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Opinion: The drive for re-election is a major flaw of modern democracy

Caoimhín de Barra looks at democracy and asks if it prevents politicians from pushing for real change.

Caoimhín De Barra Associate Professor of History, Gonzaga University, Washington

MODERN DEMOCRACY, WITH universal male and female suffrage, is only a century old.

It is worth keeping in mind just how new our system of government is when we assess its strengths and weaknesses.

Most of us can remember a time, not that long ago when the superiority of democratic government was almost unquestionable.

In recent times, however, some of its flaws have been revealed. In particular, the rise of misinformation and the willingness of demagogues to tell outlandish lies to voters in the pursuit of power has created a crisis for democracy.

Early democracy

Assuming this storm can be weathered, we should be taking a hard look at all aspects of our system of government and see where improvements can be made for the benefit of society as a whole.

One feature of our government that rarely draws analysis is the fact that most politicians try to make careers out of public service. Many of us simply take it for granted that this is just part of the system of democratic government. But has it always been? And should it continue to be?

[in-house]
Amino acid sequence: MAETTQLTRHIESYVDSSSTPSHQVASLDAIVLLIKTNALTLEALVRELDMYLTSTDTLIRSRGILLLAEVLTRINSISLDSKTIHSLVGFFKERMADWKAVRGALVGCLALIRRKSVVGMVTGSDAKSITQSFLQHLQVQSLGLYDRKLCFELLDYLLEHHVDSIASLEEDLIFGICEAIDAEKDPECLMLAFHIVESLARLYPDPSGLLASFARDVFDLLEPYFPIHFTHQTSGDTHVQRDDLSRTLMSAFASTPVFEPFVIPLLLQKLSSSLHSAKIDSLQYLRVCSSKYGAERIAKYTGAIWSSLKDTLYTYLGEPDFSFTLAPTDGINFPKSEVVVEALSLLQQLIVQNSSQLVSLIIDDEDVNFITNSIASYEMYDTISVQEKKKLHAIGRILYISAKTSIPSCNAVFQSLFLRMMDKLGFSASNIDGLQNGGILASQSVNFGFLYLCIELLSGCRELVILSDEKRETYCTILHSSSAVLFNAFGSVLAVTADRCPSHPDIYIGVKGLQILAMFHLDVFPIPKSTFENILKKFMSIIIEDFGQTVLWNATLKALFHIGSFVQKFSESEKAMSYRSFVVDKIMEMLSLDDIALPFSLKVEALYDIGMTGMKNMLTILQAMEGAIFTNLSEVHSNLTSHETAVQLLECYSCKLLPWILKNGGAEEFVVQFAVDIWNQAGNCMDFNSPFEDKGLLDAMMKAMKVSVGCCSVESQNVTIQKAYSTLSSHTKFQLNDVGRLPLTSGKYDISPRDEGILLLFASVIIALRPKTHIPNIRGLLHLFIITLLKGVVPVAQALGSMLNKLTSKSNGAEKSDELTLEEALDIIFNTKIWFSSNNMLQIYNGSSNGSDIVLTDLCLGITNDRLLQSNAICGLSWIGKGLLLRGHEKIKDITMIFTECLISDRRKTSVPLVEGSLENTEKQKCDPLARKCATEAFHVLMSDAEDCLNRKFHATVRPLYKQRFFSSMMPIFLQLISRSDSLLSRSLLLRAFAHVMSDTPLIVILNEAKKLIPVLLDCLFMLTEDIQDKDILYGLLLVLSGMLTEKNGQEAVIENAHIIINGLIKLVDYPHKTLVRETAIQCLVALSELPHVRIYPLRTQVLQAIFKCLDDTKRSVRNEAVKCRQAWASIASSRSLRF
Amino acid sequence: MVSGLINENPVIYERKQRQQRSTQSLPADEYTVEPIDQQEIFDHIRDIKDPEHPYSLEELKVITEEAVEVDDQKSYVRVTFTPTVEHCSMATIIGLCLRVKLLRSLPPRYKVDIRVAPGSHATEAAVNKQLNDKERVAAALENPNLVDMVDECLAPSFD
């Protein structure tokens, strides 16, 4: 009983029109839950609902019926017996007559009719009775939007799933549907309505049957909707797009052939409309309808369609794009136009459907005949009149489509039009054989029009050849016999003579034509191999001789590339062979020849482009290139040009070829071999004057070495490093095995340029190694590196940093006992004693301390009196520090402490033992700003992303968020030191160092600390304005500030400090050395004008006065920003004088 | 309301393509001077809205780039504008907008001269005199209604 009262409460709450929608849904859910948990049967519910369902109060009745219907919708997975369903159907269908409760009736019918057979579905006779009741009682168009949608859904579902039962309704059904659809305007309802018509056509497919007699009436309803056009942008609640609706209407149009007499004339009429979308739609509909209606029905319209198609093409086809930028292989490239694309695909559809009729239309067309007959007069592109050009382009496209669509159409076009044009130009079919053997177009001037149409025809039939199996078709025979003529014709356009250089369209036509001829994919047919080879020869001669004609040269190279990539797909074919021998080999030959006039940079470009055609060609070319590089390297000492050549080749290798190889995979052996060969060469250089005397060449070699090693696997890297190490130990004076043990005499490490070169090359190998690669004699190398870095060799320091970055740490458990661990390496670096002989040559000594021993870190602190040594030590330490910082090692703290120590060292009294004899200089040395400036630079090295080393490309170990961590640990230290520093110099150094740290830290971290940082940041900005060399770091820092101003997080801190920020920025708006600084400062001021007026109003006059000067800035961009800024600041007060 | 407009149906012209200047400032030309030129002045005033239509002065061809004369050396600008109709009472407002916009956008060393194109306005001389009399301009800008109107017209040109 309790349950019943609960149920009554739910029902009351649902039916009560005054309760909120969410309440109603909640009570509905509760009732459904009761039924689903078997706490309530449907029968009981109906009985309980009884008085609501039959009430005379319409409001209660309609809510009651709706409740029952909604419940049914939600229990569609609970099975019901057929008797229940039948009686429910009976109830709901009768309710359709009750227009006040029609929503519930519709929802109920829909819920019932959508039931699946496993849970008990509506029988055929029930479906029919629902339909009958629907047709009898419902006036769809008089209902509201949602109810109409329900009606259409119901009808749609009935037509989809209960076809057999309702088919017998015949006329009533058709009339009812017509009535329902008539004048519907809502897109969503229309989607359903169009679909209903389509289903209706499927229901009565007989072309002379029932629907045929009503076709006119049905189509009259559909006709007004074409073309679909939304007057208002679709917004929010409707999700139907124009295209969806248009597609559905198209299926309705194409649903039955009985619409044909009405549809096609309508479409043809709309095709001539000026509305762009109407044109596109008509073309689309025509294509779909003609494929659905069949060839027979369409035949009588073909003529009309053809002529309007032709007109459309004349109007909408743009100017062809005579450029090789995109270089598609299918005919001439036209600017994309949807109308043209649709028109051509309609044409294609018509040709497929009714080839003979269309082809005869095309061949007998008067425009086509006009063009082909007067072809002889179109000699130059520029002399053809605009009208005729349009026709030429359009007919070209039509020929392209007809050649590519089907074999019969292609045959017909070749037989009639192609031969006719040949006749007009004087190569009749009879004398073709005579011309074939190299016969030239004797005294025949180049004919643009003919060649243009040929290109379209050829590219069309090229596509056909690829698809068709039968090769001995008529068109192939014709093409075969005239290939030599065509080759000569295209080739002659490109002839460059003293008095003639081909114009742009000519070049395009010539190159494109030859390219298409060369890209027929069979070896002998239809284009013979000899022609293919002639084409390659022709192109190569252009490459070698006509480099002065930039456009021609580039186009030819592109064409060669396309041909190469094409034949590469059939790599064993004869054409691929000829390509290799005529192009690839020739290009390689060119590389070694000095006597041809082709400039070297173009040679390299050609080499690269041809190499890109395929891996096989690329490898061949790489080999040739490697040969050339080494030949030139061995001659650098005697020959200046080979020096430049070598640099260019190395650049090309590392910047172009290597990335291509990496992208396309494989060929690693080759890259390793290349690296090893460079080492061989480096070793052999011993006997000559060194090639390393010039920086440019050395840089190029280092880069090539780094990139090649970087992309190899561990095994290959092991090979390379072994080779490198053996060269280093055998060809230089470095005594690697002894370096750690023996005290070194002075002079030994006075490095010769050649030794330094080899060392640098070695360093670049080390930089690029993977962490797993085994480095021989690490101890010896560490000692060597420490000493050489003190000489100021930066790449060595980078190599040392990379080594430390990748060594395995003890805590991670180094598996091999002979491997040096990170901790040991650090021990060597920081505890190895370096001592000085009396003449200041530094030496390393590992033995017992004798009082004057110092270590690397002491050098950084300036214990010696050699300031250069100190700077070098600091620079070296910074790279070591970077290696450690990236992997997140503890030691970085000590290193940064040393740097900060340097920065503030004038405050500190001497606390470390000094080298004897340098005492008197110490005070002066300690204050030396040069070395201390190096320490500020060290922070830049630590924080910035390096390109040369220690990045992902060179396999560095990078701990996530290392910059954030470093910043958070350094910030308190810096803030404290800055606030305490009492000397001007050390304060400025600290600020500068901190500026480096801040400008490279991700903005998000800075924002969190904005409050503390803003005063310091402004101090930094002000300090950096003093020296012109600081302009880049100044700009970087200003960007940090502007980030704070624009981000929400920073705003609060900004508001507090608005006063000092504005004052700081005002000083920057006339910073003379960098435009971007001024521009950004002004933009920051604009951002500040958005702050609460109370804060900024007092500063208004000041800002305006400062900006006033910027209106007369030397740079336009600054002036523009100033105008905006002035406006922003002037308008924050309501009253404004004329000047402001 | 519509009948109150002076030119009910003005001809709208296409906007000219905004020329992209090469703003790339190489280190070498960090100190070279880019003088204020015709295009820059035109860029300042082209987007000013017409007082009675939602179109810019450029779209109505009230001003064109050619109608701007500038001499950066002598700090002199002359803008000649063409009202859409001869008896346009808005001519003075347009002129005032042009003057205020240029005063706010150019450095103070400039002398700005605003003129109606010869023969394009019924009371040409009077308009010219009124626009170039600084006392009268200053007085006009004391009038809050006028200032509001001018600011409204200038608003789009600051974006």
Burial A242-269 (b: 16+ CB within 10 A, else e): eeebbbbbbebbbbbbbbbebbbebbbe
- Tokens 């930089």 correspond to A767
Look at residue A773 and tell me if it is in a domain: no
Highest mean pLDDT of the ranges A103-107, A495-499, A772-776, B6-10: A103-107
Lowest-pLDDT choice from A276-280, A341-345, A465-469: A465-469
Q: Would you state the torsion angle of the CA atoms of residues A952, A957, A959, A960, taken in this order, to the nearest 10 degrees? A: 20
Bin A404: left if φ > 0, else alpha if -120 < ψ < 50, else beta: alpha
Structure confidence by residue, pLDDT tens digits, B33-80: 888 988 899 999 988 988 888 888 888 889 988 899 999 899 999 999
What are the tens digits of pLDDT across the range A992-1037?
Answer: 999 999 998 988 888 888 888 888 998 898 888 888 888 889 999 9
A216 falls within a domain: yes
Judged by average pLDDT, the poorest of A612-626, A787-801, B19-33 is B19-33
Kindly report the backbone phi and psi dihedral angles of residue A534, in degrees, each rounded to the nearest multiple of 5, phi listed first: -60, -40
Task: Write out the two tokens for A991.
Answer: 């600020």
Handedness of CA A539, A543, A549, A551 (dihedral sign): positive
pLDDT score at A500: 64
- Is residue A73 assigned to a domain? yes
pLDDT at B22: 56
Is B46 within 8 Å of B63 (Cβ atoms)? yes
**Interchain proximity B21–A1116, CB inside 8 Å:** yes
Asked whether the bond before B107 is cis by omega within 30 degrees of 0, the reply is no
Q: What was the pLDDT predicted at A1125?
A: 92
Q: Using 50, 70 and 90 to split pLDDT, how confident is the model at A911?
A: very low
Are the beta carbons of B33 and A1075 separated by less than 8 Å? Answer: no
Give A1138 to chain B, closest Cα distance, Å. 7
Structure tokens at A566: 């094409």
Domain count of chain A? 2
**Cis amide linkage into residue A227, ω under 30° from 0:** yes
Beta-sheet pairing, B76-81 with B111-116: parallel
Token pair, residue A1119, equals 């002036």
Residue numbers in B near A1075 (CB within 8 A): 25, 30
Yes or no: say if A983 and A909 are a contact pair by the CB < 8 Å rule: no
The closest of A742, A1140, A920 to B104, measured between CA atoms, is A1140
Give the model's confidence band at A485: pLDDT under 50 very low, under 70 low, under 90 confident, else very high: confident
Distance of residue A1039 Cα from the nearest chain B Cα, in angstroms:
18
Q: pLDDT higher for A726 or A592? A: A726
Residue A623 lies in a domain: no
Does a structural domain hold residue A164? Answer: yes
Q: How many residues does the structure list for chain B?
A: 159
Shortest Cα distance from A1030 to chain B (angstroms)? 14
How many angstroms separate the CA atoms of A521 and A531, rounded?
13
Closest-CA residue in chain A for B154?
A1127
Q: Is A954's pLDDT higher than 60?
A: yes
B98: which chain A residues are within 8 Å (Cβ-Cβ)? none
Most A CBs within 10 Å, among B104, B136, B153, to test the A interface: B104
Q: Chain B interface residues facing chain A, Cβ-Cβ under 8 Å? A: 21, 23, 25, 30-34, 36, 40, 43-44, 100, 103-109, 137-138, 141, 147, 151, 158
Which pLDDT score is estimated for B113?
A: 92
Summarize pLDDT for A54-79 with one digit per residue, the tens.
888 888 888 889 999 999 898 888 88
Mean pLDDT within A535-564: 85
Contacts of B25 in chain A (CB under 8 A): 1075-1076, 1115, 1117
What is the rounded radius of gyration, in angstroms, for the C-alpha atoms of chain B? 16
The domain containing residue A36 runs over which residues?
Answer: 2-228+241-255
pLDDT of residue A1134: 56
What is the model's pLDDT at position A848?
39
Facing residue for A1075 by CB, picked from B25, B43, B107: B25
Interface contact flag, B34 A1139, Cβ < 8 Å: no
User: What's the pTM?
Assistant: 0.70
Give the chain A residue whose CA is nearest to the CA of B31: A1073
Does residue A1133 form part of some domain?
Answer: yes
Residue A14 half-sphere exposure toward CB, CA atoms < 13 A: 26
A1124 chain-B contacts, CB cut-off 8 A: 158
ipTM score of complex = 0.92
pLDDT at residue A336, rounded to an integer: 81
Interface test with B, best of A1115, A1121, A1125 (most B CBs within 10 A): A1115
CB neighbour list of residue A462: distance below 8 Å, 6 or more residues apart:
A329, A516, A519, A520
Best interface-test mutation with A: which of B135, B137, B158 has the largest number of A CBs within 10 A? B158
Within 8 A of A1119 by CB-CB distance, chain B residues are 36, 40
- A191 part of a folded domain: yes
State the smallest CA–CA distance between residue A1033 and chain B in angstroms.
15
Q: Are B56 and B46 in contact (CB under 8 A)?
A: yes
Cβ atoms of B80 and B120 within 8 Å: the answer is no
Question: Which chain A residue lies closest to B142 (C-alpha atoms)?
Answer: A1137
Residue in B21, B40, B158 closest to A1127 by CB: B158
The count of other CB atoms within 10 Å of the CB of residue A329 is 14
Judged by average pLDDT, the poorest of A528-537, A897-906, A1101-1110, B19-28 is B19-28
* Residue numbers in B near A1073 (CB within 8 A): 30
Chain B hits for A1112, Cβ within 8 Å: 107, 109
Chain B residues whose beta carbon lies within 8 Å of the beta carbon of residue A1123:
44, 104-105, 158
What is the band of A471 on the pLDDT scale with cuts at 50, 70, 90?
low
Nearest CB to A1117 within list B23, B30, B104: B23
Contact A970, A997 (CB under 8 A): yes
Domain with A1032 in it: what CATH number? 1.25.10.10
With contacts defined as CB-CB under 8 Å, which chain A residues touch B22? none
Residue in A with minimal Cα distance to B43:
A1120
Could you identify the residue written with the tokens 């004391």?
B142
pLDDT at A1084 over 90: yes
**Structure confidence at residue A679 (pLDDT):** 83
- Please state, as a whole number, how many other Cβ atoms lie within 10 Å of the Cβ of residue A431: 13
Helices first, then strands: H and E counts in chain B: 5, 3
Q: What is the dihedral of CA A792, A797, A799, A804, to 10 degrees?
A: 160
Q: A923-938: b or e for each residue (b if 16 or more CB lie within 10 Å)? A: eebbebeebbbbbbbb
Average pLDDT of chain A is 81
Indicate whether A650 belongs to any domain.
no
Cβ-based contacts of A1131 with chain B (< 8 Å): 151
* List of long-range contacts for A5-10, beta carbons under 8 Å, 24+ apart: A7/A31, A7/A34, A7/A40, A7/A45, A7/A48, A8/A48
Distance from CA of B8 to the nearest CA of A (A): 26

It would probably surprise people to learn that members of parliament in Westminster were not paid at all in the 18th and 19th centuries. Many elected officials saw themselves as making a noble sacrifice of their time and efforts for the public good.

Of course, this usually meant that one had to be independently wealthy to support oneself while in parliament. It was precisely to allow people from working-class backgrounds a greater opportunity to be elected to parliament that salaries were introduced for sitting members in 1911.

What incentives?

Few people today would quibble with the idea that elected representatives should be paid for their efforts in government. But the question is whether people should be able to make a career out of holding elected office?

As voters, we want our government to always make decisions for the good of the national interest. But when one is trying to make a career in politics, then there will often be cases where the national interest is at odds with one’s self-interest.

In such a scenario, politicians often make choices that will help them get re-elected rather than being for the common good.

To say this isn’t to deny that many of our politicians want to be good public servants. But it would be foolish to ignore the fact that the self-interest of politicians often interferes with the efficiency of government.

Evidence of this can be found readily overseas and at home.

One of the most obvious examples is the control that former US President Donald Trump continues to wield over the Republican Party in the United States. Many Republican politicians who repeat the rants of the former president do so in the knowledge that much of what they say is not true.

But they know that to challenge what Trump says is to commit political hari-kari. So they bend the knee and tell the tall tale. This is the smart move for their political careers. We wait to see what damage this will do to their nation in the long run.